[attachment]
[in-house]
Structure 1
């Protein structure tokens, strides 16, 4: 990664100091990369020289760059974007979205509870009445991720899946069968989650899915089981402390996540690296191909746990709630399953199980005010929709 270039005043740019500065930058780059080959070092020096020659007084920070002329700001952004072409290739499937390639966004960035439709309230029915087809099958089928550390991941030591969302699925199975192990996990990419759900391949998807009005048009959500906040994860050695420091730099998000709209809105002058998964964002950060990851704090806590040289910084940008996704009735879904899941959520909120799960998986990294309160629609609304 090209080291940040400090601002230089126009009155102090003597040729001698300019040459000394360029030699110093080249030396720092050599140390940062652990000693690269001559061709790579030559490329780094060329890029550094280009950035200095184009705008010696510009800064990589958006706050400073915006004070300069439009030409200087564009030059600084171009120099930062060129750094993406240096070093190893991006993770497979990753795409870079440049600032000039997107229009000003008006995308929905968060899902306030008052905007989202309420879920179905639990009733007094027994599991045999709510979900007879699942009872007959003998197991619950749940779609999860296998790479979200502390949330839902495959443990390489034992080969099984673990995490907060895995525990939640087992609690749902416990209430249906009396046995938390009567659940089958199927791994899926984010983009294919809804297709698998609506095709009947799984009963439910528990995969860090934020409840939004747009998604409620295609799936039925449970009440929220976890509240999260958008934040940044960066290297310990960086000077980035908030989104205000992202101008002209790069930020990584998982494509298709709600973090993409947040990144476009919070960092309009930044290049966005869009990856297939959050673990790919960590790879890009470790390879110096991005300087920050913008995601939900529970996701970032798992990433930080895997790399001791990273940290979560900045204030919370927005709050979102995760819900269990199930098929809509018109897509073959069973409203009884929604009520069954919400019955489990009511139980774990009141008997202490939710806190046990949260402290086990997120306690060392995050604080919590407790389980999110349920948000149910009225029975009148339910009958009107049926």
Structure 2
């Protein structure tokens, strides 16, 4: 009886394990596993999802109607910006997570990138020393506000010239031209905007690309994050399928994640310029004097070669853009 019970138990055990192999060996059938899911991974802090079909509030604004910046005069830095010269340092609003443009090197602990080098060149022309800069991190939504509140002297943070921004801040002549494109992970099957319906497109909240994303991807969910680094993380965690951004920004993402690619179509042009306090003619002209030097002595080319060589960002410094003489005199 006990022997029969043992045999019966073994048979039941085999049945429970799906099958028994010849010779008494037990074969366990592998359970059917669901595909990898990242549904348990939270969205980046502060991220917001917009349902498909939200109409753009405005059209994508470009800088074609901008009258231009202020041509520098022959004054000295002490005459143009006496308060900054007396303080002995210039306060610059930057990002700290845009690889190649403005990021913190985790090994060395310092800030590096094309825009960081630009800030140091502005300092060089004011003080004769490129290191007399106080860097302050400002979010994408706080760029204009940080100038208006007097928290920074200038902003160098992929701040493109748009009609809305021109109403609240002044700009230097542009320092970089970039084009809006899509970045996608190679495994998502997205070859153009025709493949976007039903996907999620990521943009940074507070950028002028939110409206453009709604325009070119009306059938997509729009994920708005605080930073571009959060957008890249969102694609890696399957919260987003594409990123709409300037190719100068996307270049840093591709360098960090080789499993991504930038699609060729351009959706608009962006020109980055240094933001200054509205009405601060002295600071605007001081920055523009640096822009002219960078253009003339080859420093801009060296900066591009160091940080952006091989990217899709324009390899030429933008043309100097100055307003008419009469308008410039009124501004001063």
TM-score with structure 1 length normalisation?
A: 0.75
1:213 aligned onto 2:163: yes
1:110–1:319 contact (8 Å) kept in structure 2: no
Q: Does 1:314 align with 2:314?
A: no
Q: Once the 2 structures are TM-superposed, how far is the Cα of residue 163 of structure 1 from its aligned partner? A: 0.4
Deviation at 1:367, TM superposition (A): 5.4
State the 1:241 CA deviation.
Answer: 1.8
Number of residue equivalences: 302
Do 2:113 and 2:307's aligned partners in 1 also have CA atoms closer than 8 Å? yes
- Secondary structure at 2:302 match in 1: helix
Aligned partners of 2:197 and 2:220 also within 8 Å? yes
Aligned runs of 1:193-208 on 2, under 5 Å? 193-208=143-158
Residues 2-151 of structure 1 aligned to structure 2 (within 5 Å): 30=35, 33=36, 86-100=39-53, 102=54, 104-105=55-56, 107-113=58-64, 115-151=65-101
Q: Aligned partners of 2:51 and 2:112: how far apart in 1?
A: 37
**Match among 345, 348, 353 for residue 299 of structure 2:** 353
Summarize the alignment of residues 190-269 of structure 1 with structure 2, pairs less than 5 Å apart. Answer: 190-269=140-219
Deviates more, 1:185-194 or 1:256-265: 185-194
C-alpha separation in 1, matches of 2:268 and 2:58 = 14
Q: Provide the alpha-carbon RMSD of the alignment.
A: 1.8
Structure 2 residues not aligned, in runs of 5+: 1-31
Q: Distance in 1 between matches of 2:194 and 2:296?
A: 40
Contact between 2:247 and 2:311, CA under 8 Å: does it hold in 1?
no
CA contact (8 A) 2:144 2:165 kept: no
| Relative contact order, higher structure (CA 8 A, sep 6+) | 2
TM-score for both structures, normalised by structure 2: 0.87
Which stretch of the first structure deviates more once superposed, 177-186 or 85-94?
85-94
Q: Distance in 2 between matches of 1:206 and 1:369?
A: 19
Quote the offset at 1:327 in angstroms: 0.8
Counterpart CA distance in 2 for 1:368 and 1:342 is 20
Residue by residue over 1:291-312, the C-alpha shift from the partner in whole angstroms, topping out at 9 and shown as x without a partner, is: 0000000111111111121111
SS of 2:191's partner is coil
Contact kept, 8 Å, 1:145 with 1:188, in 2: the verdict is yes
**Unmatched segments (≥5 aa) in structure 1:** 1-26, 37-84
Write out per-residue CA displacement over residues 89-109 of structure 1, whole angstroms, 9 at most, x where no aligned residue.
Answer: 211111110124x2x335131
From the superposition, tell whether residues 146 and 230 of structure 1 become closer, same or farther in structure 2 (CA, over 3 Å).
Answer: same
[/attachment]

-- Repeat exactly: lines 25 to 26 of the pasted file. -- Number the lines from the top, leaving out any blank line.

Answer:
Summarize the alignment of residues 190-269 of structure 1 with structure 2, pairs less than 5 Å apart. Answer: 190-269=140-219
Deviates more, 1:185-194 or 1:256-265: 185-194